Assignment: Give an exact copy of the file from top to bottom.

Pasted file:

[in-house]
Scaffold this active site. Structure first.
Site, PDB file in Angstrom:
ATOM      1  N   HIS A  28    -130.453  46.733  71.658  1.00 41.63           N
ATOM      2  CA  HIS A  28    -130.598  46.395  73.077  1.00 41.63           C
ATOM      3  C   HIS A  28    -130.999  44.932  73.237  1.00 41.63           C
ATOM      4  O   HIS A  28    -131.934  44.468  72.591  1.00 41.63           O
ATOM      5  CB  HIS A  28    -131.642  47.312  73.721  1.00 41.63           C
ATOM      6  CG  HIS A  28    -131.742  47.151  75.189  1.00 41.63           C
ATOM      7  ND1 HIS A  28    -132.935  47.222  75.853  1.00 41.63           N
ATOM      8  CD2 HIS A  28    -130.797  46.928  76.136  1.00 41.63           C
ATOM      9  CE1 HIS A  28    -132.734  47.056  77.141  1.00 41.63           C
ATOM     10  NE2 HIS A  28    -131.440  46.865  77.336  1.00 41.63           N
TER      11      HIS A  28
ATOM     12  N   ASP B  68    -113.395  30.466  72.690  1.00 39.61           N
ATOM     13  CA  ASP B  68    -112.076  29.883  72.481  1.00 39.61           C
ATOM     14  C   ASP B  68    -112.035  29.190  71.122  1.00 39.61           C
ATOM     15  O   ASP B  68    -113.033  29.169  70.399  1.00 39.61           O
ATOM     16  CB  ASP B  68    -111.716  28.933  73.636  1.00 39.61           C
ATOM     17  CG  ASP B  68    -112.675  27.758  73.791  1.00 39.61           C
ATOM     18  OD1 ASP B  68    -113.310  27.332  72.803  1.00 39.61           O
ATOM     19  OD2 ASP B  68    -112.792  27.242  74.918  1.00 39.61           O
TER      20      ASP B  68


[in-house]
Scaffold this active site. Structure first.
Site, PDB file in Angstrom:
ATOM      1  N   HIS A  28    -130.453  46.733  71.658  1.00 41.63           N
ATOM      2  CA  HIS A  28    -130.598  46.395  73.077  1.00 41.63           C
ATOM      3  C   HIS A  28    -130.999  44.932  73.237  1.00 41.63           C
ATOM      4  O   HIS A  28    -131.934  44.468  72.591  1.00 41.63           O
ATOM      5  CB  HIS A  28    -131.642  47.312  73.721  1.00 41.63           C
ATOM      6  CG  HIS A  28    -131.742  47.151  75.189  1.00 41.63           C
ATOM      7  ND1 HIS A  28    -132.935  47.222  75.853  1.00 41.63           N
ATOM      8  CD2 HIS A  28    -130.797  46.928  76.136  1.00 41.63           C
ATOM      9  CE1 HIS A  28    -132.734  47.056  77.141  1.00 41.63           C
ATOM     10  NE2 HIS A  28    -131.440  46.865  77.336  1.00 41.63           N
TER      11      HIS A  28
ATOM     12  N   ASP B  68    -113.395  30.466  72.690  1.00 39.61           N
ATOM     13  CA  ASP B  68    -112.076  29.883  72.481  1.00 39.61           C
ATOM     14  C   ASP B  68    -112.035  29.190  71.122  1.00 39.61           C
ATOM     15  O   ASP B  68    -113.033  29.169  70.399  1.00 39.61           O
ATOM     16  CB  ASP B  68    -111.716  28.933  73.636  1.00 39.61           C
ATOM     17  CG  ASP B  68    -112.675  27.758  73.791  1.00 39.61           C
ATOM     18  OD1 ASP B  68    -113.310  27.332  72.803  1.00 39.61           O
ATOM     19  OD2 ASP B  68    -112.792  27.242  74.918  1.00 39.61           O
TER      20      ASP B  68